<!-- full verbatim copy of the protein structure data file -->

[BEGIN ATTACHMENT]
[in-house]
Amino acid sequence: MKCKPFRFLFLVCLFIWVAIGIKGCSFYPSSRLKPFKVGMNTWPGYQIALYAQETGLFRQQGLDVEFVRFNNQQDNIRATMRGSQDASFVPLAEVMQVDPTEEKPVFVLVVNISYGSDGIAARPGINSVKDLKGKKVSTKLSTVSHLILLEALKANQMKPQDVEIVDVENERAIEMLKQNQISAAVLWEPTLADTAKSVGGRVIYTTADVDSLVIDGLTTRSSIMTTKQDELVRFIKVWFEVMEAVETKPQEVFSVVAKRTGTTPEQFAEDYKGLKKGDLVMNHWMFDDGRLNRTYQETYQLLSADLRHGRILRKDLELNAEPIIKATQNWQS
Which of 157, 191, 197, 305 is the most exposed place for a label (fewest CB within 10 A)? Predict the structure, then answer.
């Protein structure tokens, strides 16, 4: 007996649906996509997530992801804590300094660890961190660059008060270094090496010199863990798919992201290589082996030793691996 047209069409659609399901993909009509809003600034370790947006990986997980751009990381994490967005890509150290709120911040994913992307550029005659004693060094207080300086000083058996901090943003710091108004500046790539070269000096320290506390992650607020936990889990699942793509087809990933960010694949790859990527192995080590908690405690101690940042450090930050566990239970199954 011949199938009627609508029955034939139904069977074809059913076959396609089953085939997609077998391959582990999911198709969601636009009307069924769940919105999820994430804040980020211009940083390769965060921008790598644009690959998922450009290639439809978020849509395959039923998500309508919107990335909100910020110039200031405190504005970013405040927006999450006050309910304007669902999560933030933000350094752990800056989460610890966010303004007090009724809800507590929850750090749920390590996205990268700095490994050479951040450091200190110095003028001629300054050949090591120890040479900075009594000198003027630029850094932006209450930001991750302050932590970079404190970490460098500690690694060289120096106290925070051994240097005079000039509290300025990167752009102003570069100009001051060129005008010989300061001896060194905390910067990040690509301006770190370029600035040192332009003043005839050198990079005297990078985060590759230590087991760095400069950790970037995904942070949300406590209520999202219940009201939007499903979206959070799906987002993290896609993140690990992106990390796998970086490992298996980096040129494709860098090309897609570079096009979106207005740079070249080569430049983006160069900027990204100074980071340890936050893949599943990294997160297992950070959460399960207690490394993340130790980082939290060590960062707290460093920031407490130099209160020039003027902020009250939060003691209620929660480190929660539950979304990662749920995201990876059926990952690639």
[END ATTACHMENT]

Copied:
[in-house]
Amino acid sequence: MKCKPFRFLFLVCLFIWVAIGIKGCSFYPSSRLKPFKVGMNTWPGYQIALYAQETGLFRQQGLDVEFVRFNNQQDNIRATMRGSQDASFVPLAEVMQVDPTEEKPVFVLVVNISYGSDGIAARPGINSVKDLKGKKVSTKLSTVSHLILLEALKANQMKPQDVEIVDVENERAIEMLKQNQISAAVLWEPTLADTAKSVGGRVIYTTADVDSLVIDGLTTRSSIMTTKQDELVRFIKVWFEVMEAVETKPQEVFSVVAKRTGTTPEQFAEDYKGLKKGDLVMNHWMFDDGRLNRTYQETYQLLSADLRHGRILRKDLELNAEPIIKATQNWQS
Which of 157, 191, 197, 305 is the most exposed place for a label (fewest CB within 10 A)? Predict the structure, then answer.
């Protein structure tokens, strides 16, 4: 007996649906996509997530992801804590300094660890961190660059008060270094090496010199863990798919992201290589082996030793691996 047209069409659609399901993909009509809003600034370790947006990986997980751009990381994490967005890509150290709120911040994913992307550029005659004693060094207080300086000083058996901090943003710091108004500046790539070269000096320290506390992650607020936990889990699942793509087809990933960010694949790859990527192995080590908690405690101690940042450090930050566990239970199954 011949199938009627609508029955034939139904069977074809059913076959396609089953085939997609077998391959582990999911198709969601636009009307069924769940919105999820994430804040980020211009940083390769965060921008790598644009690959998922450009290639439809978020849509395959039923998500309508919107990335909100910020110039200031405190504005970013405040927006999450006050309910304007669902999560933030933000350094752990800056989460610890966010303004007090009724809800507590929850750090749920390590996205990268700095490994050479951040450091200190110095003028001629300054050949090591120890040479900075009594000198003027630029850094932006209450930001991750302050932590970079404190970490460098500690690694060289120096106290925070051994240097005079000039509290300025990167752009102003570069100009001051060129005008010989300061001896060194905390910067990040690509301006770190370029600035040192332009003043005839050198990079005297990078985060590759230590087991760095400069950790970037995904942070949300406590209520999202219940009201939007499903979206959070799906987002993290896609993140690990992106990390796998970086490992298996980096040129494709860098090309897609570079096009979106207005740079070249080569430049983006160069900027990204100074980071340890936050893949599943990294997160297992950070959460399960207690490394993340130790980082939290060590960062707290460093920031407490130099209160020039003027902020009250939060003691209620929660480190929660539950979304990662749920995201990876059926990952690639």